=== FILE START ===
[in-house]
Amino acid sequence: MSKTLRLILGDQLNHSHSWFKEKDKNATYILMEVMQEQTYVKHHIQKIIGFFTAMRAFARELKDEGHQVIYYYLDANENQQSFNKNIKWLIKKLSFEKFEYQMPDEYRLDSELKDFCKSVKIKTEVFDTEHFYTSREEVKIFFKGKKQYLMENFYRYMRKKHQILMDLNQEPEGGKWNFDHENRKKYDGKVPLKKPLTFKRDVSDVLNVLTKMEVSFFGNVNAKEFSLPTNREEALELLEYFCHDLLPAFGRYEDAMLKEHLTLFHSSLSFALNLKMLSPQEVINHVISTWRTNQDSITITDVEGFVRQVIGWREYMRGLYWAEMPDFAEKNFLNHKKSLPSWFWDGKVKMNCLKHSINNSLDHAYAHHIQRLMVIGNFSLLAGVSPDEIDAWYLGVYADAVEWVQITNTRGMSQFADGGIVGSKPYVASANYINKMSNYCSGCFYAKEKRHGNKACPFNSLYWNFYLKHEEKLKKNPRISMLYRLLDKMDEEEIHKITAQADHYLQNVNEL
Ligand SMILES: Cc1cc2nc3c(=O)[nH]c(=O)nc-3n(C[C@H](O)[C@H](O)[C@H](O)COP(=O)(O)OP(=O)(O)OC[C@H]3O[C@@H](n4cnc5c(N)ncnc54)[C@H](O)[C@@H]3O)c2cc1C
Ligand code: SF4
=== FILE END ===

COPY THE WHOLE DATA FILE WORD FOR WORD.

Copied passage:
[in-house]
Amino acid sequence: MSKTLRLILGDQLNHSHSWFKEKDKNATYILMEVMQEQTYVKHHIQKIIGFFTAMRAFARELKDEGHQVIYYYLDANENQQSFNKNIKWLIKKLSFEKFEYQMPDEYRLDSELKDFCKSVKIKTEVFDTEHFYTSREEVKIFFKGKKQYLMENFYRYMRKKHQILMDLNQEPEGGKWNFDHENRKKYDGKVPLKKPLTFKRDVSDVLNVLTKMEVSFFGNVNAKEFSLPTNREEALELLEYFCHDLLPAFGRYEDAMLKEHLTLFHSSLSFALNLKMLSPQEVINHVISTWRTNQDSITITDVEGFVRQVIGWREYMRGLYWAEMPDFAEKNFLNHKKSLPSWFWDGKVKMNCLKHSINNSLDHAYAHHIQRLMVIGNFSLLAGVSPDEIDAWYLGVYADAVEWVQITNTRGMSQFADGGIVGSKPYVASANYINKMSNYCSGCFYAKEKRHGNKACPFNSLYWNFYLKHEEKLKKNPRISMLYRLLDKMDEEEIHKITAQADHYLQNVNEL
Ligand SMILES: Cc1cc2nc3c(=O)[nH]c(=O)nc-3n(C[C@H](O)[C@H](O)[C@H](O)COP(=O)(O)OP(=O)(O)OC[C@H]3O[C@@H](n4cnc5c(N)ncnc54)[C@H](O)[C@@H]3O)c2cc1C
Ligand code: SF4